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Another tax avoidance/evasion question

(7 Posts)
oneofsuesylvesterscheerios Thu 01-Sep-11 20:41:02

Didn't want to hijack babyhammock's thread but I also have a few questions...

What if someone was working occasionally cash-in-hand (nightclub work), also getting hand-ours from family, which they banked, and then also signed on for a while, on and off?

and what if this was all over 10 years ago and everything else has been above board since but said person has been abroad all this time?

If they came back now and tried to register for NI, would the HMRC be 'interested' in this person? There is no way of proving the cash deposited was from handouts (family member is now dead)

Please be kind: said person is literally suicidal with worry sad.
Failing any solid advice, are there any online services for asking all this in confidence (which could be paid for) or is it better to just appoint a solicitor that specialises in tax?

ThatsNotMyBabyBelly Thu 01-Sep-11 21:04:08

HMRC will only go back more than 6 years for fraud. This wouldn't count as fraud.

I don't think that person should worry, however they should make sure that everything is above board from now on

oneofsuesylvesterscheerios Thu 01-Sep-11 21:11:54

Thank you.
Everything has been above board for ages now: they have realised their youthful stupidity!

However, I know it will take a lot to convince this person that they will not be investigated - they are making themselves ill over it all.

Would they really not have to prove where this money came from?

ThatsNotMyBabyBelly Thu 01-Sep-11 21:25:13

I don't see how they could prove where the money came from - would they even know themsleves now? They were entitled to sign on - which they did. They were entitled to receive gifts - which they did. If they were self employed and received cash in hand then if this was at the same time as the signing on they were commiting an offence.

However, the amounts would need to be sustantial for HMRC to go back that far I would imagine.

Taken from the HMRC website

"The time limits for making assessments, determinations and claims have been changed in some cases. This might reduce compliance costs for customers and make compliance checks easier.

The time limit for some assessments and determinations will be four years from the end of the relevant tax period. There are some variations from this and the tables at CH56000 give a full summary.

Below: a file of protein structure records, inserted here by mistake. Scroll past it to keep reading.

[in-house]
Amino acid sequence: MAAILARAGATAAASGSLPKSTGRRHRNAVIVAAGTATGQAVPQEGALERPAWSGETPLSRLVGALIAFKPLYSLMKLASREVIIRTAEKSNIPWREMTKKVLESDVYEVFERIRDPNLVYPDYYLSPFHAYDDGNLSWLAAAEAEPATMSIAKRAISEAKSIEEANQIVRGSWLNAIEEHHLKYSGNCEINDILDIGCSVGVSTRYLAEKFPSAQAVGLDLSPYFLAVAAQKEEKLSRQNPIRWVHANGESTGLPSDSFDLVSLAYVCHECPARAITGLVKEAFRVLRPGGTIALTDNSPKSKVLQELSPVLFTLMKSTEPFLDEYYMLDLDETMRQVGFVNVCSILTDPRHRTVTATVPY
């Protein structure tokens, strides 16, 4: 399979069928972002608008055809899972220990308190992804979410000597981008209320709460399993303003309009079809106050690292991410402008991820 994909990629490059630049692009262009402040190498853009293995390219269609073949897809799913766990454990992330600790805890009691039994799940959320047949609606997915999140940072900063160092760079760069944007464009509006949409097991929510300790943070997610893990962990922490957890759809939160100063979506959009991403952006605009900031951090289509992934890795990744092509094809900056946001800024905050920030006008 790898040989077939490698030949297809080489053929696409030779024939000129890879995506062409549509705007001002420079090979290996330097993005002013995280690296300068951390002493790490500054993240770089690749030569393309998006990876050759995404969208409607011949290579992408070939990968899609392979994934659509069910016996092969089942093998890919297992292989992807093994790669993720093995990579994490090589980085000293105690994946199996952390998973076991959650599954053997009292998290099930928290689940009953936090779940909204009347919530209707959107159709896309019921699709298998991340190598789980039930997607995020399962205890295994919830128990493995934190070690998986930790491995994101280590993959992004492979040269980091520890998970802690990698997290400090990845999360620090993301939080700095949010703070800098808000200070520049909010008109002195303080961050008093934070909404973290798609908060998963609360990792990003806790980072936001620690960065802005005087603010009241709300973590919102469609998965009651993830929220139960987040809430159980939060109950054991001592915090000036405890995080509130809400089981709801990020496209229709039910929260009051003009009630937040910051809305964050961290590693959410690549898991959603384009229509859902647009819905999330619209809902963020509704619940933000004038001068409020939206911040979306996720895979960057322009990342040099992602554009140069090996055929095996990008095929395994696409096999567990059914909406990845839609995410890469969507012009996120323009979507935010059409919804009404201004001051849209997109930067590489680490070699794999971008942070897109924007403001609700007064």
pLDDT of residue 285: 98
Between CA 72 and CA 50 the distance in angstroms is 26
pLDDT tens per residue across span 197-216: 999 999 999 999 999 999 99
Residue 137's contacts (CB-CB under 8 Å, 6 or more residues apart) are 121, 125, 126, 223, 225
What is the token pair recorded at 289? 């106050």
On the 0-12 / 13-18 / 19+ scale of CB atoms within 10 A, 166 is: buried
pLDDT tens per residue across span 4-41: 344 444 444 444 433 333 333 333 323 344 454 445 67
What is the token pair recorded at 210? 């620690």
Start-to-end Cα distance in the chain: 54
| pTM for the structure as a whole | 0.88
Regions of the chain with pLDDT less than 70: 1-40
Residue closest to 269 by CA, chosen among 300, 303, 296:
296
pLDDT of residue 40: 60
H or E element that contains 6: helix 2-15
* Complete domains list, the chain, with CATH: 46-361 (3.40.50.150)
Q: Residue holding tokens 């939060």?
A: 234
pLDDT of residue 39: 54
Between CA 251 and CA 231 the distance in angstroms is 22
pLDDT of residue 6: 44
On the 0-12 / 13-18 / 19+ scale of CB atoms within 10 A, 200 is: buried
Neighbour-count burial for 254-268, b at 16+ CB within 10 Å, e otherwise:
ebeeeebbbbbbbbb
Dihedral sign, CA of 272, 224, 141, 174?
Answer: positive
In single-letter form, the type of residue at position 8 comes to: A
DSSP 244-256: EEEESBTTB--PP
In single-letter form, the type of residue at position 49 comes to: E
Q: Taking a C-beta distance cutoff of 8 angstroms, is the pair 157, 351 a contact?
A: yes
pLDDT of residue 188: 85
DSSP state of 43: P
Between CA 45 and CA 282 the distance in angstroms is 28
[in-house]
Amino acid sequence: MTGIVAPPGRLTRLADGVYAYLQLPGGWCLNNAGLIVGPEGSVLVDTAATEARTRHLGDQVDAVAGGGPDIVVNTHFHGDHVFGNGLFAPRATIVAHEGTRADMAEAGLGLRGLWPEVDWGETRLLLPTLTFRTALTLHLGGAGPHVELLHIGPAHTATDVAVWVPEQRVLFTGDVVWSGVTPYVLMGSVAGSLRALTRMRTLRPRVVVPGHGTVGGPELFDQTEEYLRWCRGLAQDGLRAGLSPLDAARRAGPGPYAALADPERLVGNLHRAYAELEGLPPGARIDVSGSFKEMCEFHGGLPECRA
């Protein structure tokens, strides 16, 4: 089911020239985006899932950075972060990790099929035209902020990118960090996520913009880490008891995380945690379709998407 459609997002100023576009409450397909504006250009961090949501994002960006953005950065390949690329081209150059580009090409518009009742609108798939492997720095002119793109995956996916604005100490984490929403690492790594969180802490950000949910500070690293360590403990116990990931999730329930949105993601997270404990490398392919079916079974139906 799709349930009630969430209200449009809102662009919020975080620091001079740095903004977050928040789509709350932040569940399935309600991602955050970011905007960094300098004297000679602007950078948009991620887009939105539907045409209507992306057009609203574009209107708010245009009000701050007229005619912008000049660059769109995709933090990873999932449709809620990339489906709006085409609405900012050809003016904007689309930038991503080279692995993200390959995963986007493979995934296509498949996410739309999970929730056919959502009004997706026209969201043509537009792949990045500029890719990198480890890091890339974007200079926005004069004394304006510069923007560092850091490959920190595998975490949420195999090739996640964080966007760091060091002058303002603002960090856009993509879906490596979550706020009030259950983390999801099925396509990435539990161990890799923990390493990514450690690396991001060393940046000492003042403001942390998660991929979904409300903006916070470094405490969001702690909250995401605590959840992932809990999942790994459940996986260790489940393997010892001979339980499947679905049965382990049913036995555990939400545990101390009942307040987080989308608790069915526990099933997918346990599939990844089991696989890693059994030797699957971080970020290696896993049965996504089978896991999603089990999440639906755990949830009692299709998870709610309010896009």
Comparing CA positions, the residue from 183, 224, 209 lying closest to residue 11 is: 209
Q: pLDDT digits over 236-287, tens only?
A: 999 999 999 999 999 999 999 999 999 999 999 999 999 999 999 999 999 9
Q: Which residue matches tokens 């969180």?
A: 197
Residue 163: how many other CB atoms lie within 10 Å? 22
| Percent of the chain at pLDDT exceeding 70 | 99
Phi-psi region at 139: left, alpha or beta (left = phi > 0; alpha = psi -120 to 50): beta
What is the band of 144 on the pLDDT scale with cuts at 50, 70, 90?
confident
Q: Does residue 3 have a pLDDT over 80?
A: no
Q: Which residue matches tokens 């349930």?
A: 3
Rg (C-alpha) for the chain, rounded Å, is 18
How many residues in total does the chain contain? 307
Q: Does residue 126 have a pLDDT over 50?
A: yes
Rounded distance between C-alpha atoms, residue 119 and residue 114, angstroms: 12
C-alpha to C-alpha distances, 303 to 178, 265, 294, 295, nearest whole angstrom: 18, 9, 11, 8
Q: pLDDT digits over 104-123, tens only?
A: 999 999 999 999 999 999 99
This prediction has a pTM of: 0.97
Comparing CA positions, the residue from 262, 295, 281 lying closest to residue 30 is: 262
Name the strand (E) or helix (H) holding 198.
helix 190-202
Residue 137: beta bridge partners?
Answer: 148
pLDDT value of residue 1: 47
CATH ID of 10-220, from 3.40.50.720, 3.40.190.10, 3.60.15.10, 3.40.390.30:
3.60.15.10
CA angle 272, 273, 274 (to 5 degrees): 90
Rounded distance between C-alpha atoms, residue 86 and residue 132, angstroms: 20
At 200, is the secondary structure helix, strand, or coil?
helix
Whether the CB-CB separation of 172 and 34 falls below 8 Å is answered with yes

For certain taxes HMRC can make assessments for up to six years after the end of the period where tax has been under-assessed or over-repaid because of careless behaviour by the person, or another person acting on their behalf. An assessment or determination can be made up to 20 years after the end of the period where tax has been under-assessed or over-repaid because of deliberate behaviour or certain failures."

On the information you have given,being occassional cash in hand work, I don't think this would be serious enough to go back for the 10 years but the only way to know for sure would be to talk to an accountant.

ThatsNotMyBabyBelly Thu 01-Sep-11 21:28:17

And it would be an accountant you would want, not a solicitor.

oneofsuesylvesterscheerios Fri 02-Sep-11 10:17:36

Thanks so much - I do appreciate it. The cash 'gifts' average out at £4K a year for a period of 7 years, which when you look at it like that, doesn't amount to much (as living costs I mean).

Thanks again smile

mranchovy Fri 02-Sep-11 13:56:18

Stop worrying about the handouts - these are NOT taxable income and they do NOT prevent you signing on or claiming benefits and this has always been the case (although if you have any savings as a result of receiving handouts, the savings income is taxable and if you have large savings it may affect your claim for means-tested benefits, but not JSA or UB that preceded it - and if we are only talking about £4,000 a year this is not an issue anyway unless the whole £28,000 was given at once!).

Not declaring the cash in hand income while signing on is another matter, but if DFES or whoever it was back then didn't find out about it at the time or try to contact the person since, they are not going to be interested in what happened over 10 years ago.

The person will already have an NI number - these stay with you for life - and they might be asked what they have been doing for the past 10 years, so answer any questions that are asked truthfully. If the person still feels guilty about their sins of the past, there's nothing they can do to change what they did then, but they might find voluntary work eases their concience.

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